Alcantara has always had elite arm strength – FanGraphs themselves highlighted it in their 2019 scouting report – but the off-speed stuff took a while to develop. In 2017, Alcantara’s first partial year in the majors, all four of his pitches where seen as below league-average, the best of which was a changeup he used around 13% of the time. Even as recently as last season, Alcantara rarely relied on this pitch, and it was generally seen by Statcast as roughly a league-average off-speed option.
In 2021, Alcantara has somehow turned his most forgettable pitch offering into his very best. It’s produced a 37% Whiff%, a .127 opponent batting average, and a lot of gross swings:
The easiest explanation for this sudden shift is a relatively simple one: improved command. In 2020, Alcantara’s 68 changeups were scattered all over the place, and it appears he genuinely did not know where it would end up:
After a full offseason of work, Alcantara has nearly quadrupled his usage of the pitch this season, clearly in part because he’s improved his command of it:
Largely gone are the attempts to make this a down-and-in pitch for left-handers. Too frequently, Alcantara’s pre-2021 changeups ended up just being inside and not sinking, which led to five homers against the pitch in 2019 and 2020 combined and a lot of easy hits. Now, Alcantara just makes this pitch go down and stay down, and hitters haven’t adjusted to it yet. His control has improved immensely, which is allowing him to make a lot of guys look silly. Most importantly, they just can’t make good contact: no starting pitcher in baseball has a lower Barrel% (how often a batter hits it in the “sweet spot”) than Alcantara as of today at just 2.6% of all contact swings.
Lastly, Pablo Lopez doesn’t strike out that many people (8.4 per nine innings, the lowest of the three), partially because he has a league-average fastball at 94 MPH and very little spin or movement on the pitch. Instead, like Alcantara, Lopez has made a pretty dramatic shift to his changeup and to off-speed pitches in general. Just 31.8% of Lopez’s pitches are four-seam fastballs, and instead, he’s made a shifty change his main pitch of choice:
However, Lopez’s four-seamer is giving him a lot of productive outs. Statcast produces something called Run Value, which is a measurement of how many runs your pitch is keeping off the board per 100 pitches against the average pitcher. (Or something like that.) Lopez’s four-seamer is one of the 50 best pitches in baseball right now, mostly because he leaves very few balls over the middle of the plate. Like Alcantara, his command is up and the improvement is real:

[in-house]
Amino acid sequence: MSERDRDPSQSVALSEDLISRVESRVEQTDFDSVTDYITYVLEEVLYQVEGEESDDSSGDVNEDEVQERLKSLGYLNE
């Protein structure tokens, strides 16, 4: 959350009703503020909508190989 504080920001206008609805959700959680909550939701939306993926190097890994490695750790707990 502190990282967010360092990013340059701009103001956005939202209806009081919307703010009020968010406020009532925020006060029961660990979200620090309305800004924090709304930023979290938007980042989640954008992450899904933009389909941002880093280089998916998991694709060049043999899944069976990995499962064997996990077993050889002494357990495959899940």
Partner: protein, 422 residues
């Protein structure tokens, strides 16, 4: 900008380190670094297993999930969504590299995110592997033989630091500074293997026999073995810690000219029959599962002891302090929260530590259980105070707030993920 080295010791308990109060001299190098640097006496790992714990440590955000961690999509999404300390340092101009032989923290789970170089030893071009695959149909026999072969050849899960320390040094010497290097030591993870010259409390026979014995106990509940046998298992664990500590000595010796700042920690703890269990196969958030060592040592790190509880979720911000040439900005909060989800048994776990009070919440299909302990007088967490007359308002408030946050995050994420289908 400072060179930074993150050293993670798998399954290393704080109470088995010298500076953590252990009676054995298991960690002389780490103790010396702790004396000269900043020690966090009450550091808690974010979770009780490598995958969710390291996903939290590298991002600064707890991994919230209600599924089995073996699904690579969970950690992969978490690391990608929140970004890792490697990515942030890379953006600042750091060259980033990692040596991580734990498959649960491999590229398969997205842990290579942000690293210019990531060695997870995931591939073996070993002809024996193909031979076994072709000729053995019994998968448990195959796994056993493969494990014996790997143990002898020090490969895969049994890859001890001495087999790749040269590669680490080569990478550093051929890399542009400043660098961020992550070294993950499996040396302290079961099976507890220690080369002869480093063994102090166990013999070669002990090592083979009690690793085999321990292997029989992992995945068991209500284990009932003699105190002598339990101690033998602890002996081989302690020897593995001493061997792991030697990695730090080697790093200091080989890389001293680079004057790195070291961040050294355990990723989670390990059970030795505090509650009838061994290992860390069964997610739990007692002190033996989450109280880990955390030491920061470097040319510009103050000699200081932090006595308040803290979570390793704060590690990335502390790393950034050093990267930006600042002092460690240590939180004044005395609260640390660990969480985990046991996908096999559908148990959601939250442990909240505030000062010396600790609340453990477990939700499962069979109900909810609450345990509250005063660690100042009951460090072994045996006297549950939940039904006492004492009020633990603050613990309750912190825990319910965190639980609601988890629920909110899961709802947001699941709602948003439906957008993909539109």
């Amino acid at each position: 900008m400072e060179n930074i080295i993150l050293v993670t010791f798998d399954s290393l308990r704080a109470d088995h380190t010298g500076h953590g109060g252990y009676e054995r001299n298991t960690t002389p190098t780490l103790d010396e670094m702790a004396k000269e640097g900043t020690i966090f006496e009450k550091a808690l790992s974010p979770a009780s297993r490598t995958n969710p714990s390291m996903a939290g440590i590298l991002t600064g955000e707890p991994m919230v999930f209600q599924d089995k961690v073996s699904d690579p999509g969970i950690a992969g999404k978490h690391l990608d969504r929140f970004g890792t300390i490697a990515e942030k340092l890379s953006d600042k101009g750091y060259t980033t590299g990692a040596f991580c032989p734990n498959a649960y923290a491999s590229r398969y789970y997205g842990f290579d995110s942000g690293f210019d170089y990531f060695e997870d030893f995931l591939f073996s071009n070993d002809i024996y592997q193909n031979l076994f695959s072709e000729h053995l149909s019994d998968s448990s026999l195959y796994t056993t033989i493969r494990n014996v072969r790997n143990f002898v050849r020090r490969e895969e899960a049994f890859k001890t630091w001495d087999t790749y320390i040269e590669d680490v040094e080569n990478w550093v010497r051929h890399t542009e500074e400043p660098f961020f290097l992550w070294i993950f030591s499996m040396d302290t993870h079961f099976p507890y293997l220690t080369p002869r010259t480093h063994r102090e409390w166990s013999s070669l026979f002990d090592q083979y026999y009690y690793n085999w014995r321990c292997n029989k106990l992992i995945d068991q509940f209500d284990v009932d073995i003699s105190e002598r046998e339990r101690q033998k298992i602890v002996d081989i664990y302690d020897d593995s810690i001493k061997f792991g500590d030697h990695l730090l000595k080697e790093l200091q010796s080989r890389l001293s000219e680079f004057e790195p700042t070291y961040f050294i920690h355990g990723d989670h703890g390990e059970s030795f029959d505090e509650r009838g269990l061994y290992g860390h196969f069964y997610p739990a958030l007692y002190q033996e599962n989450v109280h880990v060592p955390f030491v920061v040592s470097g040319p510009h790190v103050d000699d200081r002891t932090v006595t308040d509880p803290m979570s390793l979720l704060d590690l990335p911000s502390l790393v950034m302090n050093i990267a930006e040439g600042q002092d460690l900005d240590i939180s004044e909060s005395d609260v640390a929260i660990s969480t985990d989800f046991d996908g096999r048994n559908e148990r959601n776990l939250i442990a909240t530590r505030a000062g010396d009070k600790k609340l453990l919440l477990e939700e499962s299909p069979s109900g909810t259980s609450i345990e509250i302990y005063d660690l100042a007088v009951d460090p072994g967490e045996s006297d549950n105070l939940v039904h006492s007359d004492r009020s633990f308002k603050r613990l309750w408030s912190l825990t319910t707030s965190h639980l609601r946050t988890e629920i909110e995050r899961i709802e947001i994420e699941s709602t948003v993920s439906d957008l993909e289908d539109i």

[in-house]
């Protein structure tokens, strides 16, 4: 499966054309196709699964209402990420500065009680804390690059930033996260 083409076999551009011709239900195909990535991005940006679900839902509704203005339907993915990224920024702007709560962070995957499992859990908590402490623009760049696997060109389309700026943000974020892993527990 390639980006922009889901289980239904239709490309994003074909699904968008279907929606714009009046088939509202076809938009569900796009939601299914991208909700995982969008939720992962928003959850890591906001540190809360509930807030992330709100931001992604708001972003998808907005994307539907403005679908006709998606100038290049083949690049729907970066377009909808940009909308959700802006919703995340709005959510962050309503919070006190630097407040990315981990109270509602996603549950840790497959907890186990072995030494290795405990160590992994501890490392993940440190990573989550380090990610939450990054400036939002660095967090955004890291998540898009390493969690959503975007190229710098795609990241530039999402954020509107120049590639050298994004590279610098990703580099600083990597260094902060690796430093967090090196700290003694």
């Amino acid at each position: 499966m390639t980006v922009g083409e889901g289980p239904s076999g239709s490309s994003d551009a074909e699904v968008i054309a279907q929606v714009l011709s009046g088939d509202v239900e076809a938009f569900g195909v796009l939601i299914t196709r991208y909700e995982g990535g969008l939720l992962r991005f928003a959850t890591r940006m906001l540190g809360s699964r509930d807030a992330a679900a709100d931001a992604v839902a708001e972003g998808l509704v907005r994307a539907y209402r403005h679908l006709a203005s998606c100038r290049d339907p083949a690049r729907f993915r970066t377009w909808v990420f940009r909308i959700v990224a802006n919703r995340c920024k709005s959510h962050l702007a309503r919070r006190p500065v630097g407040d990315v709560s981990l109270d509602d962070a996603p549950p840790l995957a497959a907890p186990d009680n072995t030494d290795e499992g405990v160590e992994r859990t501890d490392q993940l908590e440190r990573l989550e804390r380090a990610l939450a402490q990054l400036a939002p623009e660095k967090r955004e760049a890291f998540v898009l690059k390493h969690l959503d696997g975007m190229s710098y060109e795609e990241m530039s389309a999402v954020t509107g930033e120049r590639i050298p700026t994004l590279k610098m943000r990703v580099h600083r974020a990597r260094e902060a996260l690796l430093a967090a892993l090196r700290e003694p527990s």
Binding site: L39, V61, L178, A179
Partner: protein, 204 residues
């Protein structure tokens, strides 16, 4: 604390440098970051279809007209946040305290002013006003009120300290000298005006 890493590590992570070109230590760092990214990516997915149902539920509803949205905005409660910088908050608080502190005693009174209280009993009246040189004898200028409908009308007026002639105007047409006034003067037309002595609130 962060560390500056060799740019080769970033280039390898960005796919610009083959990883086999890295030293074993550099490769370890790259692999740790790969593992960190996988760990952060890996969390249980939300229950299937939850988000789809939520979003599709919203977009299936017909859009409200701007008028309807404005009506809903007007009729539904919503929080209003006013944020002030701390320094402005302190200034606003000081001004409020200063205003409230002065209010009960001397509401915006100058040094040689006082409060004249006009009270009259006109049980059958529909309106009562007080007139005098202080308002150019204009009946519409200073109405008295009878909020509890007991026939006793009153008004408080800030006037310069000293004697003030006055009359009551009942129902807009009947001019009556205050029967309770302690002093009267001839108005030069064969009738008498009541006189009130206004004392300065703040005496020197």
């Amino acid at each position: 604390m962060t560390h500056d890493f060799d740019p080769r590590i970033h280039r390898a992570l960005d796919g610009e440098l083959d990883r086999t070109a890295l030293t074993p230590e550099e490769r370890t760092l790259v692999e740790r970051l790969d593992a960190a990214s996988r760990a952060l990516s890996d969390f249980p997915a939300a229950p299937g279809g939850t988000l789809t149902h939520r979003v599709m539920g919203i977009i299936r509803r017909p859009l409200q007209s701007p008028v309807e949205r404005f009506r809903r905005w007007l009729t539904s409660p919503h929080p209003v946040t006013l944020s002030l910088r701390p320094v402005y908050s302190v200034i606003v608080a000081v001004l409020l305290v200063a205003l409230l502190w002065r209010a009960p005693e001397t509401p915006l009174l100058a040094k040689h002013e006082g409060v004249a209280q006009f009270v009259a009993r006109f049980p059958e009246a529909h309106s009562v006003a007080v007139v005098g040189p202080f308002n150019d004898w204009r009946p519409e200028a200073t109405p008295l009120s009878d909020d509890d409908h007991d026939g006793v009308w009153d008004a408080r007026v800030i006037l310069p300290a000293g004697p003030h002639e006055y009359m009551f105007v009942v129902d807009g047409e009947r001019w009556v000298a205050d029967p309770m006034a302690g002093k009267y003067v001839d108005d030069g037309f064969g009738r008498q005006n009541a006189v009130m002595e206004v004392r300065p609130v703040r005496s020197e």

The fun thing about these Marlins is that, after profiling their four best players, there’s still some more unique and intriguing pieces beneath the surface. Yimi Garcia (a reliever) is running wild with a 1.53 ERA and rarely walks anyone. Dylan Floro regularly produces some of the lowest exit velocities in baseball and offers a sinker/four-seamer combo that’s proving extremely difficult to put in play.
Along with that, the minor leagues have a pair of fascinating pieces that I’d really like to see in the majors at some point this year. Jesus Sanchez is a 23-year-old outfielder that got a few plate appearances last year, and while it seemed like his momentum towards the majors had largely died out, he’s been demolishing AAA pitchers so far this season. In just 13 games of play, Sanchez has knocked seven homers and is hitting .509.
Alongside Jesus is another Sanchez: Sixto. He’s 22 and likely would’ve made the roster to start the season had he not had a shoulder injury. Sanchez got seven starts last year (plus one in the playoffs) and showed why he’s such a tantalizing prospect. Sanchez’s fastball (used 23.8% of the time last year) averages 98 MPH, has an unusually high amount of horizontal movement, and resulted in a swing-and-miss nearly 30% of the time.
However, the real star of the show was his changeup. (Something about the Marlins and their changeups, I tell you.) Sanchez’s change merely rated out as one of the most dangerous pitches in the game; in terms of pitches used in at least 50 plate appearances, only two pitches in all of baseball – Tyler Clippard and Devin Williams’ changeups – were deemed superior on a RV/100 rate. It doesn’t get a ton of whiffs, but it’s proven extremely difficult to make good contact with.
Collectively, these Marlins probably won’t make a ton of memories for the average baseball fan. They aren’t expected to hang around the playoff race for long, and truth be told, they’re more likely to end up with 90+ losses than they are to factor into a wild card race at all. And yet: you really need to watch this team, particularly if any of Rogers/Alcantara/Lopez are starting and especially if one or more of the Sanchezs are called up soon. Even if none of their three best pitchers are on the mound, Jazz Chisholm has become a must-watch hitter on every at-bat.
Yes, the Marlins are weird, but they’re a particularly pleasing type of weird that makes for a good viewing experience. They’ve got a load of fascinating prospects, some quality young talent, and multiple future All-Stars. Watch them before everyone else catches on in two years.